Webster provided a list of possible paths forward for the stormwater issue in a memo for the workshop. Several of those possible paths were alternatives to the Cumberland Farms plan to connect to the public system, which the company representatives said weren’t workable.
Cumberland Farms project engineer Chris Tymula of MHF Design Consultants based in New Hampshire said a direct pipe connection is the only feasible option because the property sits over a sand aquifer and because the gas station will have to separate oil runoff from its stormwater system.
While several people in attendance indicated that it was rare for towns or the state to allow businesses to connect to public stormwater systems, Tymula said tha Cumberland Farms is doing so at locations in Lewiston, Sanford, and Wells.
Tymula also said that Cumberland Farms was prepared to add additional safeguards to the system, including an emergency shut-off valve.
Town Engineer Will Haskell said that he didn’t “have a whole lot to disagree with” about Tymula’s points and that the additional information makes sense from a stormwater treatment perspective. But he did express concern about the impact the increased stormwater volume would have on the town system.
“The one thing that is still concerning to me given my knowledge of the town of Gray and the knowledge that I have of the stormwater system … is the age and condition of stormwater system,” Haskell said.
Several councilors also said they had the same concerns, but the ultimate consensus was that Cumberland Farm’s plan, particularly with the additional safety measures proposed, would be a safer and more desirable arrangement than the stormwater runoff at the existing Cumberland Farms location.
The tentative message from councilors present was that, pending a risk analysis from town planning staff, they are inclined to support the Cumberland Farms request to connect to the stormwater system in this one particular instance. The issue also launched a discussion amongst councilors and town staff about the need to address the concerns about the public stormwater system.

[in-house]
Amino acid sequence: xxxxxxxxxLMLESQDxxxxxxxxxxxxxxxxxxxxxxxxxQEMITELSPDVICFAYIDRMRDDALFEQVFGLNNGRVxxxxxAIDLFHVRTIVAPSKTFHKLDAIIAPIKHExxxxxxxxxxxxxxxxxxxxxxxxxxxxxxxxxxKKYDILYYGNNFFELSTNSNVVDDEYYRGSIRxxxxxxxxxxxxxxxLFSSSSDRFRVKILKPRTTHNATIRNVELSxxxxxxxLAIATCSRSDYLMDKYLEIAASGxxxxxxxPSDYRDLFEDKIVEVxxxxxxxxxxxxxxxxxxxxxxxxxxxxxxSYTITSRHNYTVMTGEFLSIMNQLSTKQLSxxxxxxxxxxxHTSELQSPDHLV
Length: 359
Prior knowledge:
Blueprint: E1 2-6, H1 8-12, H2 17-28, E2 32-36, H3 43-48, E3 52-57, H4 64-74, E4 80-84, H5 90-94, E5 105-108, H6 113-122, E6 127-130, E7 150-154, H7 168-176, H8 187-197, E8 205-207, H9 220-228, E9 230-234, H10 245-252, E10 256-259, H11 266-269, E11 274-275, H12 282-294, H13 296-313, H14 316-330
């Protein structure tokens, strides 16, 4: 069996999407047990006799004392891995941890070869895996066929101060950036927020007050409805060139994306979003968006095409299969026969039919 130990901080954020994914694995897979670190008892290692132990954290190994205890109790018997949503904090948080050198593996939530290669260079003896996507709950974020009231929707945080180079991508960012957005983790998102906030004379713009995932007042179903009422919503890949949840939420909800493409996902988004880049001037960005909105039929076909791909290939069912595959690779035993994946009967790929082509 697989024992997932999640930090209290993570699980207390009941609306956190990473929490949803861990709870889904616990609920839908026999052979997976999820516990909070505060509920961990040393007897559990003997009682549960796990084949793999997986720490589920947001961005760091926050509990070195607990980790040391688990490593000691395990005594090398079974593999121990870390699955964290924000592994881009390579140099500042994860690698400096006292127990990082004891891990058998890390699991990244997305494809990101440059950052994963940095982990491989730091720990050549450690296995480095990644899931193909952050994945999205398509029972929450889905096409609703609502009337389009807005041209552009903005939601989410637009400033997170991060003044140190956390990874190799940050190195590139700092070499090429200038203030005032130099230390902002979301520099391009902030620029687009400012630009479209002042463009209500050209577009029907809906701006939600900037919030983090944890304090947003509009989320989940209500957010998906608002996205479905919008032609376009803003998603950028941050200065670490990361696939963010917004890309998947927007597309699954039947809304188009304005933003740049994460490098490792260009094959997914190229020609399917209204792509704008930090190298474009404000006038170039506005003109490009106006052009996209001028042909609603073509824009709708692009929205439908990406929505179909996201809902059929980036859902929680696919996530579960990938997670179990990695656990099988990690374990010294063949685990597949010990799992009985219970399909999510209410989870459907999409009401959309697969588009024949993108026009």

Chairwoman Lynn Gallagher said that she sees this proposed design to be a “safer” stormwater plan for the site than the current system.
“I’m hesitant, but I’m leaning more towards letting them tie in,” Gallagher said.
“We do have a system that’s failing, that is obvious,” said Councilor Jason Wilson. “Realistically, if we’re going to do a tie-in to the system, I would want to get more input from the engineers… I think we just make some conditions that it’s (only for) a contract zone.”
“We have a failing infrastructure … We’ve got a well-designed system that wants to tie into a system that’s failing,” said Councilor Bruce Foshay. “So this kind of pushes us over into the discussion about our long term plans for this village.”
“Cumberland Farms is in a way kind of forcing us to get our act together on this plan,” said Foshay.
Matt Junker can be reached at 781-3661 ext. 123 or firstname.lastname@example.org. Follow him on Twitter: @MattJunker.
Engineer Chris Tymula discusses the planned rebuild and expansion of the Cumberland Farms in Gray Village.